The Best Time to Start Working on Your Idea With Celestine Ezeokoye, CEO WeMove
Every two weeks, we invite some of our Ingressive Community members from all over the world to participate in a Tweetchat session. It’s an opportunity for tech founders, tech enthusiasts, developers, and designers in our community to gain in-depth insights on tech trends and how-tos.
Lately, we were honored to host Celestine Ezeokoye, CEO and founder of Wemove — a company building innovative technology solutions for the transportation sector. He’s also a software craftsman and businessman.
During our tweet chat session with Celestine Ezeokoye, the seasoned entrepreneur shared some of his knowledge with our Twitter community. Here are some best moments and life lessons from the engagement.
Celestine Ezeokoye: Hi all. My name is Celestine. And in the next couple of minutes, I’ll be sharing with y’all one or two things you need to know as you set out on building your idea. Before getting it to the hands of users and embracing the thoughts of maybe make some money, there are the things you should consider.
First, is the market ready? This is the most important question you need to find answers to. Fortunately, the answer to this question is easy to get. You should run the scientific method on the market via the following processes:
Design a hypothesis
This means that you have to speculate the likelihood of your market using your products, then build that meet your speculations. You might do this over and over before finding something that resonates with the market. It’s totally OK.
No idea ever comes out fully formed.
On the flip side, you may be lucky to stumble on a goldmine or have a data point that shows you exactly what to build. But you should know that most times, first-time successes are either a function of luck or domain expertise.
However, if you are building on something someone has done in the past, then it becomes easier for you to determine your hypotheses since you now have actual data to look at.
Test your hypothesis
After designing, build the most basic form of your product and test it with real users. When WeMove started, we had just a single web page with a phone number for users to call in and make their vehicle requests. Prior to that, we were already fulfilling a few requests by word of mouth. This is a real-life instance that proofs that you absolutely need nothing fancy or a high level of coding language to get started.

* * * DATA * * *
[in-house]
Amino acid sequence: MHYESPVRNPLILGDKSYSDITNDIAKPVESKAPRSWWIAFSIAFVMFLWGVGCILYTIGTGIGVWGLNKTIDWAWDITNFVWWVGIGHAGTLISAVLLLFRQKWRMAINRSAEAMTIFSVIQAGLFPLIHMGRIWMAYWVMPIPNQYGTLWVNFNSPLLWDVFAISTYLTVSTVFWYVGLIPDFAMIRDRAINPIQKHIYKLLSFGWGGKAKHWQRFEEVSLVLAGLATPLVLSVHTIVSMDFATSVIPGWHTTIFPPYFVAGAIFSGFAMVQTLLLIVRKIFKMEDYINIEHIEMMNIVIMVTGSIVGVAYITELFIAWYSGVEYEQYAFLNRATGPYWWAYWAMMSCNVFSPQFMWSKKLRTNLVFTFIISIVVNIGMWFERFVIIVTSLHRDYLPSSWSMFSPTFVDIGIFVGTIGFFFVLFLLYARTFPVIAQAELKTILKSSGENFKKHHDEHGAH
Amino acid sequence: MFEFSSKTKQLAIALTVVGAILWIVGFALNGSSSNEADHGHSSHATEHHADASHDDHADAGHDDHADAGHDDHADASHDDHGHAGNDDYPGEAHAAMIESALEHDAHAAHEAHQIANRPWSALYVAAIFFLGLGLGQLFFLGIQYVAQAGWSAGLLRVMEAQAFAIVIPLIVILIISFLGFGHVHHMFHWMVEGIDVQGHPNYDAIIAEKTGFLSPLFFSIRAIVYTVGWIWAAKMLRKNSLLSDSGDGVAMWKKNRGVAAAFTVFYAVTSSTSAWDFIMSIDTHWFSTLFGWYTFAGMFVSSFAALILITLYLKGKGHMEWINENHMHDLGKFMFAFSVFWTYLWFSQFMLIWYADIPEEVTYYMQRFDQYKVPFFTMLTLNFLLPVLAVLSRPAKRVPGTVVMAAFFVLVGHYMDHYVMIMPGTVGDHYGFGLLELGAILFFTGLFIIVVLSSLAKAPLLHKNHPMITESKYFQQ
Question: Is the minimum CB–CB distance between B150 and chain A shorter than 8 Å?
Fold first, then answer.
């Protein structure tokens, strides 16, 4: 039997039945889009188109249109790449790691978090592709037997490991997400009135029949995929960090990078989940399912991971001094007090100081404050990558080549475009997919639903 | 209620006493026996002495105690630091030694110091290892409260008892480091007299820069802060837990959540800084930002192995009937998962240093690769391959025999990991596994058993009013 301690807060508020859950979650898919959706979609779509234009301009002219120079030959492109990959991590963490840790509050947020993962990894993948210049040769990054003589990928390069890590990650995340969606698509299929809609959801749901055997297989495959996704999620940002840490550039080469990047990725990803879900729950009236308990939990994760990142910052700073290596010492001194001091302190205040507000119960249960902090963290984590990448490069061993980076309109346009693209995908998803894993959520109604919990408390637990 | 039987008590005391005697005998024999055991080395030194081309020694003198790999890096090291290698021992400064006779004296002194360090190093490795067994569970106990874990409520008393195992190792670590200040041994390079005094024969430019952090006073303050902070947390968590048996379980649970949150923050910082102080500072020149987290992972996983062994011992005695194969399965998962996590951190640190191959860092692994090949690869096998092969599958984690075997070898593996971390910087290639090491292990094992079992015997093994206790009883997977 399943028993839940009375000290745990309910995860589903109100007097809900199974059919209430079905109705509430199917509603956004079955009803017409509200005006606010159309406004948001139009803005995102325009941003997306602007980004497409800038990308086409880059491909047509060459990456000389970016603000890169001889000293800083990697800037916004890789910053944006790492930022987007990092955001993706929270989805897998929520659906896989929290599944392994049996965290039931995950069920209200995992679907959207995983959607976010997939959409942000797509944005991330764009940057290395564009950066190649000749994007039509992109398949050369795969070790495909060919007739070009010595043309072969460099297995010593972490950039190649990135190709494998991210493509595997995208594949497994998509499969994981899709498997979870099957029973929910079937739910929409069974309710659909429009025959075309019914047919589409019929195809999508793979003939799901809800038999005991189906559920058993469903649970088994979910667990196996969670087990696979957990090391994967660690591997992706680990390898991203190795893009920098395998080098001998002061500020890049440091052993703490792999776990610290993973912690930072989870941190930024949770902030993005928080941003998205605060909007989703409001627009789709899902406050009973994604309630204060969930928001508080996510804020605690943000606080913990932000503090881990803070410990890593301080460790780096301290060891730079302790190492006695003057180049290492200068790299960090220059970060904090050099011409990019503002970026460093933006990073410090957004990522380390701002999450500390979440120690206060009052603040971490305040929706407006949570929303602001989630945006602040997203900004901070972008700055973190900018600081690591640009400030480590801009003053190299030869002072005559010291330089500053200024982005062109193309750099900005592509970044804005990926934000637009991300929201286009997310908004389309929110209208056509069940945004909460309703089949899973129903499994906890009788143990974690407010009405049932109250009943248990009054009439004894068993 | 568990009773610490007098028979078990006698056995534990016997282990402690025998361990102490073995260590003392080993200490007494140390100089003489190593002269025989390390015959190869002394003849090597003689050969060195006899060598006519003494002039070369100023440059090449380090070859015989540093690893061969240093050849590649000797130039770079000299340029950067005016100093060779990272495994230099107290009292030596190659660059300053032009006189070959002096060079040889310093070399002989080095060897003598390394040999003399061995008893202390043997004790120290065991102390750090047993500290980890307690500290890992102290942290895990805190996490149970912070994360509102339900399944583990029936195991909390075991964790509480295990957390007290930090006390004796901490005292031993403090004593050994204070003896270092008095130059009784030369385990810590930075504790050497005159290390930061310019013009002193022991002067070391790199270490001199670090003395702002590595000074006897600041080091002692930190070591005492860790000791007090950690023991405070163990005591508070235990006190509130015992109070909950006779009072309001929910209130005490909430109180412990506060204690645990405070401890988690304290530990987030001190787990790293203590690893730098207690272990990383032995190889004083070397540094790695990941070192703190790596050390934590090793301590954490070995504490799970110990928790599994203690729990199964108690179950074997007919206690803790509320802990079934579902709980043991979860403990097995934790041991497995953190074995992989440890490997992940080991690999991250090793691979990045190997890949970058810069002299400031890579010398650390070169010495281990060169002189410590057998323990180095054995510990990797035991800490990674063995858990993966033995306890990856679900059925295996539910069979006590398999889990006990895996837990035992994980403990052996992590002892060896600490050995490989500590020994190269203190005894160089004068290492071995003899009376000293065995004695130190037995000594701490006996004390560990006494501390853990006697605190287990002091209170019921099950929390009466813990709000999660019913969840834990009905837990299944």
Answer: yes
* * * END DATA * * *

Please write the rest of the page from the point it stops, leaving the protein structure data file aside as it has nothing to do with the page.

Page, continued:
However, in the coming months, when things started to get complex, we added a little form and email notification. Then every other thing came later on. You should know that with that static Webpage (and basic PHP form), we processed requests with a total value of $55,000.
That was enough push for us to deciding going full time into the company and building out some of the ideas and feedback we were getting.
Take feedback and iterate
Celestine Ezeokoye’s third point hits home well.
After testing your hypothesis, and you realise the market doesn’t want what you’re building, don’t push on stubbornly. Take feedback and iterate the process.
And if at all, in the process of testing you discover that the market doesn’t want to use your product, kill it. There’s no shame in it at all.
The timing of your idea is best determined by the response the market gives you upon testing.
Focus on the market
Some people like to harass other people with the question “what do you think about this my great idea?” The truth is, great ideas supercede thoughts. I don’t have to think anything. If I’m not using it, whatever I think is irrelevant. Therefore, I will emphasize that you should focus your idea or products on giving value to your market.
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